Date: 25th Oct 2018 – 31st Oct 2018
Place: Himachal Pradesh
If your GPS ever thinks it’s a good idea to drive on this road, it might be just the right time to get a new one!!
Treacherous and the most terrifying 114 Kms high mountain trail, located in the eastern part of Kishtwar District of the Jammu region in Jammu and Kashmir, India is the Kishtwar-Killar road, also known as “The Cliffhanger“; a really narrow, winding road with numerous steep inclines, the only access into Pangi Valley of Himachal Pradesh. The road is full of rocks and loose soil; on one side is a 1000 feet free-fall into river Chandrabhaga and deadly mountain cliff hanging over on the other. This road is one of the world’s most dangerous roads that connects the district of Kishtwar (Jammu & Kashmir) and Killar (Himachal Pradesh)
The Cliffhanger was on my checklist for a while, but never got down to putting a plan to drive this treacherous road. There was always an “if and a but” on adding few locations to this long drive and it just did not make sense driving few continuous days just to go over a cliff ; to add to my logical thinking, were these insane videos that folks had posted all over the internet. Every time I watched them with a thought that I am going to do this for sure, I was like “screw it, this is atrociously insane” by the end of it
Given the priorities at work and not being able to stay away for long Rohit and I come up with the most appealing idea of driving to Kishtwar non stop; he would do that from Delhi and I, from Mumbai. It was logical; of course; to drive two cars between the two of us as we were starting our journey from two different locations. Not sure if I missed mentioning this before that I was to meet him in Delhi anyways. Aww 😀
I got company last minute; now, we were three of us who set sail from Mumbai. Having driven these roads so many times, the drive all the way up to Banikhet, Himachal was just ordinary. Nadar and Santosh were driving with me aimlessly not knowing where we are headed. All I told them is we are headed to “The Cliffhanger”. Aunt Google only lead them to the movie Cliffhanger and yet they seemed all charged for this trip.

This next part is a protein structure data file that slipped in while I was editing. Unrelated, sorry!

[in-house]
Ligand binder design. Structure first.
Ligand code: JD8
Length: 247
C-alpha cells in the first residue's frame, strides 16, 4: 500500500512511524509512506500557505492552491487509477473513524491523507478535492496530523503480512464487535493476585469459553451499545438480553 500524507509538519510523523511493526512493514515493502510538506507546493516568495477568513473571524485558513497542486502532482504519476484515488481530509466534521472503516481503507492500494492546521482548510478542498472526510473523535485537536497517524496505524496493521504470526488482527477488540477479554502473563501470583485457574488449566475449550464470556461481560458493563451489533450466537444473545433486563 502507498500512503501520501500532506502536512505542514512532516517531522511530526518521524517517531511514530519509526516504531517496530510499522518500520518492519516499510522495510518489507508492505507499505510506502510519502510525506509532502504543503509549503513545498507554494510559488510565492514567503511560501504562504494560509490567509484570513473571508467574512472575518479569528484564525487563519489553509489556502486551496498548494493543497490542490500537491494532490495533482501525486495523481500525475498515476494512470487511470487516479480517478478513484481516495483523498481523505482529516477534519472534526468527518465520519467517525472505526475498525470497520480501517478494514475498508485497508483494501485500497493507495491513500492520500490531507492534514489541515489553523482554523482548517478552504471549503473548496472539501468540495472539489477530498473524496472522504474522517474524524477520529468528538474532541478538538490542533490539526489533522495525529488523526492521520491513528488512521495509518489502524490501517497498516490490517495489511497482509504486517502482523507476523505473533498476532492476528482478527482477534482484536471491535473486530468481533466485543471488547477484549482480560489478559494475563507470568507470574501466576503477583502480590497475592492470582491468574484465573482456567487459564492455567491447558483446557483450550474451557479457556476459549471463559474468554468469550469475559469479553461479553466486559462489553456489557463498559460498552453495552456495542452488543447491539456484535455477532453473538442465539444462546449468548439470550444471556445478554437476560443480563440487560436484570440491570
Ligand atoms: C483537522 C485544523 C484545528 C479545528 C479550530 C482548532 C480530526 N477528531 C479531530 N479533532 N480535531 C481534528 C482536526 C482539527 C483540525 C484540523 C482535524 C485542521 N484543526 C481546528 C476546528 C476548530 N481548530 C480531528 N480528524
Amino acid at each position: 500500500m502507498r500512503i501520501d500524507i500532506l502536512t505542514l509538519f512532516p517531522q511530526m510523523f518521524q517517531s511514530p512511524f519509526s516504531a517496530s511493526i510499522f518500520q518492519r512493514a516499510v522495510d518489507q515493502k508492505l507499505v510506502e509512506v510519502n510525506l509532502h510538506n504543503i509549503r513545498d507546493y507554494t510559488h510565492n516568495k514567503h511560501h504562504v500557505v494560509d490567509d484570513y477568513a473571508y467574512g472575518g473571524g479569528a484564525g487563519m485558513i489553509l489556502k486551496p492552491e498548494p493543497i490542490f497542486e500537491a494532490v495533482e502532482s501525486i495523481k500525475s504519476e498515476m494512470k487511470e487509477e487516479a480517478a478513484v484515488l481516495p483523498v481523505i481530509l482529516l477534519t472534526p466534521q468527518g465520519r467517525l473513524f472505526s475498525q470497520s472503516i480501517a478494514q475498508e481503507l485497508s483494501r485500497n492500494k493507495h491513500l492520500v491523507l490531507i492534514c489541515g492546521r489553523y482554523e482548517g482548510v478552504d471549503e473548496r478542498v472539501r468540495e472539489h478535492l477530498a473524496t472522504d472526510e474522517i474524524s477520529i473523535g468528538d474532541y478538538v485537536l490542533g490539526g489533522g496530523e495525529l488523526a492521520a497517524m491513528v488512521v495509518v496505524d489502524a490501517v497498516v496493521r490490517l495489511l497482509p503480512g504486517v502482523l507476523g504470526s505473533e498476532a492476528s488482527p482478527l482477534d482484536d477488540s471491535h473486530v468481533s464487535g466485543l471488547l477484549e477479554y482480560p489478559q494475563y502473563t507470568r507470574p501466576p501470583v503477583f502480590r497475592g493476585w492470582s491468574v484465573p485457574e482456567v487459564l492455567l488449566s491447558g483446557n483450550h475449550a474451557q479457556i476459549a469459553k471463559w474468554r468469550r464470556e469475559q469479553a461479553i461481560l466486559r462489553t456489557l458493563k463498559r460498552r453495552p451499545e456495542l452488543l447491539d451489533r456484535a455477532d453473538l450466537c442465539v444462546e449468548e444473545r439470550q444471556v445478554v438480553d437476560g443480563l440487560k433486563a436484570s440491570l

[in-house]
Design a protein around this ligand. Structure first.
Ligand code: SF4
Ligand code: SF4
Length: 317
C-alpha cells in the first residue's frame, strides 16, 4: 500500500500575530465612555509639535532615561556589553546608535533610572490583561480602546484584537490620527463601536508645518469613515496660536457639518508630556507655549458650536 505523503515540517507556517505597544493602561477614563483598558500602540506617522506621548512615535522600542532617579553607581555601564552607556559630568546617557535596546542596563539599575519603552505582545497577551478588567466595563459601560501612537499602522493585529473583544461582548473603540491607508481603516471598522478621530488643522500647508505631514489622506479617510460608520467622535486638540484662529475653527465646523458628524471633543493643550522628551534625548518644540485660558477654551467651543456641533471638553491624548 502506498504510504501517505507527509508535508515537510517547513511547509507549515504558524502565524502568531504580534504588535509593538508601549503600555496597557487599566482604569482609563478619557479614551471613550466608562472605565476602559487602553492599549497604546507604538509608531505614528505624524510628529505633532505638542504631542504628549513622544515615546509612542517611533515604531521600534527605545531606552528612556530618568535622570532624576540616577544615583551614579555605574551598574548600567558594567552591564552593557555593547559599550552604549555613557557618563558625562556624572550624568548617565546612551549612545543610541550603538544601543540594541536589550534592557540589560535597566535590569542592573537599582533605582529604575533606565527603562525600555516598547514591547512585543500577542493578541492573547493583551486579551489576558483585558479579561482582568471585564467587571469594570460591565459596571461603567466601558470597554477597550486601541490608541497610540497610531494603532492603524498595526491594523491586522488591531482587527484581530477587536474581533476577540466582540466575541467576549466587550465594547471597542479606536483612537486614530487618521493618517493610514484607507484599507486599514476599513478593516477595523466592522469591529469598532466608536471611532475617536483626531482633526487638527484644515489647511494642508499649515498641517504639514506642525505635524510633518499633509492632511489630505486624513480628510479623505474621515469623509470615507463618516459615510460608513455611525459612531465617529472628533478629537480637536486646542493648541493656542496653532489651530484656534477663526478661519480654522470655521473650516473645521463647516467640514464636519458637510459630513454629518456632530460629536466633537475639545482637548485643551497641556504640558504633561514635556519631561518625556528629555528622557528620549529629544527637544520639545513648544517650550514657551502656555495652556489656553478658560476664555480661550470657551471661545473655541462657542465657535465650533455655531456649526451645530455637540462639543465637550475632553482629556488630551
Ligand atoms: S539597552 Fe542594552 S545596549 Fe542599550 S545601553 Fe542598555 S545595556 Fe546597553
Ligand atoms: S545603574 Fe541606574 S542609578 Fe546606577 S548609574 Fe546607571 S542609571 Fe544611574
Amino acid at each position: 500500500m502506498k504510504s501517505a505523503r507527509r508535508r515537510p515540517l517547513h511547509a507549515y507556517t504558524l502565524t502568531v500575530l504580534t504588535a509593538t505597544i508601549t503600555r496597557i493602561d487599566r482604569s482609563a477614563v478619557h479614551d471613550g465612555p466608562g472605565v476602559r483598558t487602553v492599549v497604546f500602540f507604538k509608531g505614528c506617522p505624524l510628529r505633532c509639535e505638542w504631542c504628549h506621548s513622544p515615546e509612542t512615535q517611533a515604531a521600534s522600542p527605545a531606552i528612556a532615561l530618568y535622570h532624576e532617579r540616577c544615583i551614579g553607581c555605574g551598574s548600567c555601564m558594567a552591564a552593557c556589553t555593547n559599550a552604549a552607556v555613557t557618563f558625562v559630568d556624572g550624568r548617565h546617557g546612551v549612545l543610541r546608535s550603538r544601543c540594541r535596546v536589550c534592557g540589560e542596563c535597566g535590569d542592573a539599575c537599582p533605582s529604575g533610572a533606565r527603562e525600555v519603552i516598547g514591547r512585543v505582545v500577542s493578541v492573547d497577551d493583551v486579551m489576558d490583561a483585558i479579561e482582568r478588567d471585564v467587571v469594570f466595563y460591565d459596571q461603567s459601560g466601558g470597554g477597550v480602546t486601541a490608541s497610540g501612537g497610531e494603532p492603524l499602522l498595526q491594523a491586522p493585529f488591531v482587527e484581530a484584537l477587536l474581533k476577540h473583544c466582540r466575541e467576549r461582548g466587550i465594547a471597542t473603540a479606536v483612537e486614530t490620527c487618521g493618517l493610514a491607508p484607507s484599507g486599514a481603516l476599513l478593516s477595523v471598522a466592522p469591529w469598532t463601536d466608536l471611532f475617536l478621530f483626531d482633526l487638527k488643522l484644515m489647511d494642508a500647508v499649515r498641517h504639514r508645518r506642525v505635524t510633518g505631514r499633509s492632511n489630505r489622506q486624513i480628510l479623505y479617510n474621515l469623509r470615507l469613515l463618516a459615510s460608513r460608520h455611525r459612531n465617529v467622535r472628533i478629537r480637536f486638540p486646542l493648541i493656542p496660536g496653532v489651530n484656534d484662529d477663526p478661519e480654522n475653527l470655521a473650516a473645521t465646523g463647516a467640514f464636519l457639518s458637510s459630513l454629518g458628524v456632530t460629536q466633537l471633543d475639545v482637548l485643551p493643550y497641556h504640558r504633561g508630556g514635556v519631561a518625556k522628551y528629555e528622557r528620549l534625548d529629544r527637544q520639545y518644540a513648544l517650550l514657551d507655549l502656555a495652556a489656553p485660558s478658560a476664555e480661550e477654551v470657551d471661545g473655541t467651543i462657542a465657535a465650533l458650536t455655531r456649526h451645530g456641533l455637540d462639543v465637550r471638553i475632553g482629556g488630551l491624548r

Most exciting drive that it was; tar-less narrow stretch of roads with a great gorge on one side and an intimidating mountain on the other, a look over the edge is enough to give goosebumps to even the bravest. It’s a mind-boggling thousand feet drop is just one slight error away. There are no guard rails and the overhanging cliff obstructing the view of oncoming vehicles makes it even more challenging .
The three and half hours drive from Kishtwar to Ghangit was over in no time. The Clock had already struck 7 hours since we had left in the morning and there was no sign of tiredness hitting anyone of us.
It was still a long drive to to Paddar; this roads drives through the mighty Sach Pass. We were keeping an eye on the weather, knowing that it had been snowing for the last few days at Sach, there was a possibility that we may have to cross the Cliffhanger on the way back too.
Our worst nightmare came true. The security personals at Ghangit informed us that Sach had been closed for the season; the only way to get back to civilization was via Manali crossing the Rohtang La or going back the the Cliffhanger. Kishtwar and Manali, both were so far that we could not have reached to either without a drive that would take whole night. “I am suddenly very tired“. We all agreed to get to Killar, spend a night there and hit the roads really early in the morning towards Manali.
And so we conquered the Cliffhanger
The other option to do this route is by taking the Rohtang Pass from Manali to the Chenab Valley and then following the Darlang Valley. This drive is said to be even more exciting given the scarcity of oxygen. Many have named this track as the ‘Almost Killer’ road. The Killar-Kishtwar road starts in the Lahaul Spiti district of Himachal Pradesh, at an elevation of 2,524 m and terminates in Kishtwar in Jammu region at a height of 1,638 m above the sea level. The road gets even trickier during rains. It’s almost impossible to use this road in bad weather, even with a four-wheel-drive vehicle. So They Say…..